About fifteen years ago now, a parish in which I worked, began a soup kitchen. It was a meager effort at first. In fact, on the first we opened, no one came to have lunch. We simply fed ourselves. In just a matter of months we were feeding a “multitude.” This was a remarkable activity. First, the parish is in a city that is the cross roads, or junction, of major east-west and north-south interstate highways. These two highways are the conduit for the nation’s poor, for illegal aliens, for con-men and women, for all sorts of humanity, some are beyond description. All were fed without regard to their status or condition. In this effort we attempted to place shoes on the shoeless, glasses on the visually impaired, hospitalize the sick, and care for the wounded spirit, and especially care for children. The parish, before this effort began, could expect fewer than one-hundred people to show up for Sunday worship–in two services. After this effort began, the congregation began to blossom. The reason so many people came to be a part of the parish is that it was living its Christian life in a meaningful way. The soup kitchen attracted a strong ecumenical effort, and even an inter-faith effort when the Jewish Synagogue joined in. The program grew and a medical center was added to the daily effort to reach the poorest of poor. All of this grew to such an extent it had to be moved to larger quarters. The program was an effort to live the commandment of Jesus in Matthew Twenty-five.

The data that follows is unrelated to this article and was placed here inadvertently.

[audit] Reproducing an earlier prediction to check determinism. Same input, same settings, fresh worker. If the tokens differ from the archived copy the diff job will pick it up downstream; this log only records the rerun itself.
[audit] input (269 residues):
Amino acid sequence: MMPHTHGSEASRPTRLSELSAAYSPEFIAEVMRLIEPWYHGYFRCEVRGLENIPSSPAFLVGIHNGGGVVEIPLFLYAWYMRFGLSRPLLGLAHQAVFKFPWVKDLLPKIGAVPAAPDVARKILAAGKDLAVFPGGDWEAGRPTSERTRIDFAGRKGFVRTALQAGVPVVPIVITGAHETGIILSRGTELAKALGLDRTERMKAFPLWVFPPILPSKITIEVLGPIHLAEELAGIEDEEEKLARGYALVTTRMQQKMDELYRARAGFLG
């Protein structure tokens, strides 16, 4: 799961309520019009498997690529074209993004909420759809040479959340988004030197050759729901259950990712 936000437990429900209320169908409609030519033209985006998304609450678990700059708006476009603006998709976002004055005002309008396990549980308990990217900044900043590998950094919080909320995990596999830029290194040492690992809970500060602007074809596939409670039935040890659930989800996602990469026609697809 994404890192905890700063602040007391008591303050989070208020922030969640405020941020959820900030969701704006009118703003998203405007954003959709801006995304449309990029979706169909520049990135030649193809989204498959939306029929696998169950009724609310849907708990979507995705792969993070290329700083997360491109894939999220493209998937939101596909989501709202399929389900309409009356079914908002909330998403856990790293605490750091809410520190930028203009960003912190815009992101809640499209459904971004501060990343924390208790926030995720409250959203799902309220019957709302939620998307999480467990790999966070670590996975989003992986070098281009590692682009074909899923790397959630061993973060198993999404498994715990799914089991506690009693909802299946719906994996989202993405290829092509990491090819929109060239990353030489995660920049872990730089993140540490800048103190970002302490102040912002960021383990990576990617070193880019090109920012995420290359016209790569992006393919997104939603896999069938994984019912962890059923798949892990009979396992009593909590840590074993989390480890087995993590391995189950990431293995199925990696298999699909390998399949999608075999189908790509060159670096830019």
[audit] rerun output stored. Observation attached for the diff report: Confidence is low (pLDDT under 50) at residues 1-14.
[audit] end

But there is more here than the obvious. We can understand caring for the poor and neglected. Jesus says, however, if you do it to the least of these my brothers and sister, members of his family, you have done it to him. Jesus means, if I understand the scripture clearly, that we are to look after each other. We are to care for the members of the family of Christ Jesus. That is, we are to be responsible for each other. This section of scripture has been used as a method of mandating a wide variety of charities, and it is clearly a statement of charity. The charities who have used it as their guide, such as our soup kitchen in a previous parish, but Jesus says if we do all these things for the members of his family we will find blessing.
It is difficult to understand that all of us have needs. We need, sometimes, to consoled for a loss. We need sometimes to be spiritually fed when our souls seem starved. We need sometimes to clothed in the gospel when we stand exposed to a cruel and heartless world. Our task as Christians is to be alert to those needs. Our task as Christians is not to be afraid to tell our sisters and brothers in Christ what our needs are.